Herbs Have Been Used For Centuries
Midwives in ancient times knew the value of herbs and their benefit to pregnant women, both during their pregnancy and at the time of labor. Rather than actually inducing labor, most herbs used during pregnancy tone the uterus and prepare it for birth. When considering the use of herbs as a means to get labor started, be sure to consult with your health care provider and do not try to induce labor until after 40 weeks gestation.
Too Much Of A Good Thing Can Be Bad
Herbs are potent and used in the wrong dosages have the potential to be harmful. Too much of an herb can be dangerous, and yet the same herb used in small doses can be extremely helpful. Since there are no regulations on herbs in the US, and manufacturers differ in their content when binding herbs, it is a good idea to buy herbs that are organic and from a reputable outlet.
Black cohosh may be an effective way to regulate contractions and make them more effective when used as a means of inducing labor. The recommended way of using this herb is as a tincture, which you can obtain either water-based or alcohol-based. The capsule form is not recommended. There are no studies to support the efficacy of herbs in inducing labor, or whether they are safe to use. If you are anemic or have a blood clotting disorder, then black cohosh is not recommended because it has been shown to cause blood thinning. Use of black cohosh could lead to excessive bleeding during delivery if used when these conditions are present.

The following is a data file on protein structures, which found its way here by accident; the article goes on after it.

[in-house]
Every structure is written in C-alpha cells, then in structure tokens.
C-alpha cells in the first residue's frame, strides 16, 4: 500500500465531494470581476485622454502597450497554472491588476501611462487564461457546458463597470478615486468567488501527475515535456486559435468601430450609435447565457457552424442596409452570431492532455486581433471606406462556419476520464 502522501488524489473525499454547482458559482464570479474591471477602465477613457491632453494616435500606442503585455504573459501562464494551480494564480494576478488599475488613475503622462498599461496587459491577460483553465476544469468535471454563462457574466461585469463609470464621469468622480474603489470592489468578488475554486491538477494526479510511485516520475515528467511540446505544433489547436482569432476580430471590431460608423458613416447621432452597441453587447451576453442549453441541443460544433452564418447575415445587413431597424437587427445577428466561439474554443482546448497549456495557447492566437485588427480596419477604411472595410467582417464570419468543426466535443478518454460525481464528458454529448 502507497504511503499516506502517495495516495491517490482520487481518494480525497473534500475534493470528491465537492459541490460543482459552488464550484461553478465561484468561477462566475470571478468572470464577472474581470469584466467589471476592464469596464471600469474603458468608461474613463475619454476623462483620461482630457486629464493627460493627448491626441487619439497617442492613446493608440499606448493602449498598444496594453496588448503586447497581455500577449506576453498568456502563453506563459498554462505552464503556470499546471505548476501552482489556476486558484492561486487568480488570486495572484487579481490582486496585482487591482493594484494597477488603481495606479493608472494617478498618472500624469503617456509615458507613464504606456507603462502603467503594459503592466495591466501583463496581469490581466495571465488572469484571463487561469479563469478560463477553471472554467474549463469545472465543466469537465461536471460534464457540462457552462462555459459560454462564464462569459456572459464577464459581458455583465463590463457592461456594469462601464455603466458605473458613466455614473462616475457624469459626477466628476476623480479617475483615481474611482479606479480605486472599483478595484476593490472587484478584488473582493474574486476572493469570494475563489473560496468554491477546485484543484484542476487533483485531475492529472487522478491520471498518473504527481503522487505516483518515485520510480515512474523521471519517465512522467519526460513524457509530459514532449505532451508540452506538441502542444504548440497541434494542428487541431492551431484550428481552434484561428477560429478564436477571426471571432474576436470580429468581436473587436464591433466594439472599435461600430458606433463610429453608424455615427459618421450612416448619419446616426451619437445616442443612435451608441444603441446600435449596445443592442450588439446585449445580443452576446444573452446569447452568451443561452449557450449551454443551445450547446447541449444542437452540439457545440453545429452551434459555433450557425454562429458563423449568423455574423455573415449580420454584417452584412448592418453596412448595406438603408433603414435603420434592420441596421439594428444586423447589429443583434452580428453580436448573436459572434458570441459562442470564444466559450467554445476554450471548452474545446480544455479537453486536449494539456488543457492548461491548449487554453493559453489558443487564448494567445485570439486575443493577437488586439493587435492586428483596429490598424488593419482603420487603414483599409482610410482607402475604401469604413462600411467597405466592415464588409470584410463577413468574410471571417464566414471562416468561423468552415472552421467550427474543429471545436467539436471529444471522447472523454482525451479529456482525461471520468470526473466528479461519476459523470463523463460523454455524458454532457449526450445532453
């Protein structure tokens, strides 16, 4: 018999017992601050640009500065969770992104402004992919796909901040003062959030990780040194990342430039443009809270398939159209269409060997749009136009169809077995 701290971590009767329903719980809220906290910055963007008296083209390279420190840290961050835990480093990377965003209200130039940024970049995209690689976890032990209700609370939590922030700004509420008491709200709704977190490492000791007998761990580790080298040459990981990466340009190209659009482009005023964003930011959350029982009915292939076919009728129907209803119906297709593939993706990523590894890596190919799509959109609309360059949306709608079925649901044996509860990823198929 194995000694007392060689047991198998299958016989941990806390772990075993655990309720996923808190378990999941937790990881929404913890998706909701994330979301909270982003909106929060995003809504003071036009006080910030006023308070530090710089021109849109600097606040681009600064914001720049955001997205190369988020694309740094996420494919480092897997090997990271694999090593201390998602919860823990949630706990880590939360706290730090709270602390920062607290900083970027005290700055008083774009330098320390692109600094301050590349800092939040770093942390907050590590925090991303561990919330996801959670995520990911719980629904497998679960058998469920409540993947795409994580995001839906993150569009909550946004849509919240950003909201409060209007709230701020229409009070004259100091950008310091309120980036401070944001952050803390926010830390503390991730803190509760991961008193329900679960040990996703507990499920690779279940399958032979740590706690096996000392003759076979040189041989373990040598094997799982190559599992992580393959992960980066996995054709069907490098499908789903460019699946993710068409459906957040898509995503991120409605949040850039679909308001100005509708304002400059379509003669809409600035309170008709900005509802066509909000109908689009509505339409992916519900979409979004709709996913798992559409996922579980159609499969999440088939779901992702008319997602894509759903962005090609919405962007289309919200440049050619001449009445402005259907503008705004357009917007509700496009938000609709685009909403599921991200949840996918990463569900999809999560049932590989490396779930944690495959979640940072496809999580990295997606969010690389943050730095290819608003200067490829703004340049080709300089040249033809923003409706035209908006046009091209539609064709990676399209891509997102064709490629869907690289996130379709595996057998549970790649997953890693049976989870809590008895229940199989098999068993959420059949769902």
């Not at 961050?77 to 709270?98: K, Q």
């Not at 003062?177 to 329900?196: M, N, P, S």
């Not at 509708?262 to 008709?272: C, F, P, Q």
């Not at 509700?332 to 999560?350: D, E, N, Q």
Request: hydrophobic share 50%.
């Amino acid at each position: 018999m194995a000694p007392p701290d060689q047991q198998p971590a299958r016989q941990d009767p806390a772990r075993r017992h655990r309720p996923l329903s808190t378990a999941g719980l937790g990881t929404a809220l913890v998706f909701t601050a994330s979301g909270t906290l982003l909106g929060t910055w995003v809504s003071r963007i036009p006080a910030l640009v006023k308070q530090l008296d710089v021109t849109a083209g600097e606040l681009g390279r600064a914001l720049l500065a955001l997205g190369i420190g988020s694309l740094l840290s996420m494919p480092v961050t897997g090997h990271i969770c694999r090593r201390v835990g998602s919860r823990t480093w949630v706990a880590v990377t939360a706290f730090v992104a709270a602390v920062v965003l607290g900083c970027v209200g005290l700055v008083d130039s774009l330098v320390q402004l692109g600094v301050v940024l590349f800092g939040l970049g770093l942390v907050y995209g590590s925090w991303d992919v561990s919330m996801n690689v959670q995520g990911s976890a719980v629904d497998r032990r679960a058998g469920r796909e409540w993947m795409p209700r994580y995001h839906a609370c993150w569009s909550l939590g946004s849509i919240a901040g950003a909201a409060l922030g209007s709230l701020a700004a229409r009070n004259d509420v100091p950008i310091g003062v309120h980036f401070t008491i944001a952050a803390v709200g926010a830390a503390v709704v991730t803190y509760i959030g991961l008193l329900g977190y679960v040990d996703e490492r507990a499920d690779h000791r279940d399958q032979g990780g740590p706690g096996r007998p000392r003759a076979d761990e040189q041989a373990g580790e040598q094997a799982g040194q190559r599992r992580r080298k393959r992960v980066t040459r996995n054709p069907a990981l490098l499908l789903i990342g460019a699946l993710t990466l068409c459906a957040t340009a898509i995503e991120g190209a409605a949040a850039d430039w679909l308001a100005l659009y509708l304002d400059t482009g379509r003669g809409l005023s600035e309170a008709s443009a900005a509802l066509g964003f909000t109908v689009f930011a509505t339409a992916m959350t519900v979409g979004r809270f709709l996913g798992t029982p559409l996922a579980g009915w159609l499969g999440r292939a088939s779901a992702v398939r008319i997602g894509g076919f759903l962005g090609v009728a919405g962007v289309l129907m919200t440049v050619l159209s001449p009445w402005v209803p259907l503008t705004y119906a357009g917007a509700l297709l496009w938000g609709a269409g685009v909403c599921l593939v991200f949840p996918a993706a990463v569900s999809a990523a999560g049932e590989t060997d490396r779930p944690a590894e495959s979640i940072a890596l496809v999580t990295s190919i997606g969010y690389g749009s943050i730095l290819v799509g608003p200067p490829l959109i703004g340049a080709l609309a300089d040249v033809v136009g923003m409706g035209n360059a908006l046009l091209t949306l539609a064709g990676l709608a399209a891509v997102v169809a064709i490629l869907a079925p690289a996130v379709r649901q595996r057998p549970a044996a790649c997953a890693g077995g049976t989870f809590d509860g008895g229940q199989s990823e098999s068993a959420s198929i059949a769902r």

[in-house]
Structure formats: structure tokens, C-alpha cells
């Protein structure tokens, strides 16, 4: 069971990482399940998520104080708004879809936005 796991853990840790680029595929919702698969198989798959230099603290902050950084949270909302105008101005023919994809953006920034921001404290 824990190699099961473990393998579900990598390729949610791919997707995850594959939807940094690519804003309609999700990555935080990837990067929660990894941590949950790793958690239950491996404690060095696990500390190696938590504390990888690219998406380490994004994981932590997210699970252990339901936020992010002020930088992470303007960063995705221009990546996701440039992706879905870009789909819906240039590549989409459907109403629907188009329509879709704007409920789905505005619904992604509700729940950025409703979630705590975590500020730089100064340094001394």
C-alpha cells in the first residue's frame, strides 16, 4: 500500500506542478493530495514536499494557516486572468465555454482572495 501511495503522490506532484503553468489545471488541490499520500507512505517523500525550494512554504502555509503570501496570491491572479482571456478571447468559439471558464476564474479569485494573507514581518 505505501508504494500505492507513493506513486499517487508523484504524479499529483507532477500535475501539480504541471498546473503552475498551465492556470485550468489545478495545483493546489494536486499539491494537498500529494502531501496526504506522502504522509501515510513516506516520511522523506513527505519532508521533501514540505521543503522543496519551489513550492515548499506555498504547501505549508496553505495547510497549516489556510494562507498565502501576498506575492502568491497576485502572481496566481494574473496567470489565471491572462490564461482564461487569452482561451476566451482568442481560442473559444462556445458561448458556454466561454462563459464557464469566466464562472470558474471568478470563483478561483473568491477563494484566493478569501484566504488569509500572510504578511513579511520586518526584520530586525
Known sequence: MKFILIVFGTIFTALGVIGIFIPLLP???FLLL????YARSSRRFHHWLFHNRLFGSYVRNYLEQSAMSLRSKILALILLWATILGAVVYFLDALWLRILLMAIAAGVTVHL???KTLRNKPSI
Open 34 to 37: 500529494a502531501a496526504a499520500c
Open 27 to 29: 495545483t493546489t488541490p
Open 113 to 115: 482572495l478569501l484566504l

Similar to black cohosh, blue cohosh is used primarily to strengthen the uterine contractions. A suggested protocol for use of both black and blue cohosh is as follows:
Take 10-15 drops of tincture of blue cohosh every hour and 5-10 of black cohosh every half hour until labor starts or for one full day. Take the next day off and repeat the process on the third day if needed.
Gift From Native Americans
A uterine tonic used by Native American midwives since ancient times is the red raspberry leaf tea. This beverage tones the uterus, does not start contractions, and can be used safely throughout the entire pregnancy. After the baby is delivered, continued use of this tea helps the uterus to shrink back to normal faster and it also reduces post-natal bleeding.
Ultimately, the choice to use herbs is a personal one. However, it requires wisdom and caution. The fact that these herbs work only when the cervix is ripe is another important point. If the cervix isn't ready, these herbs won't induce labor.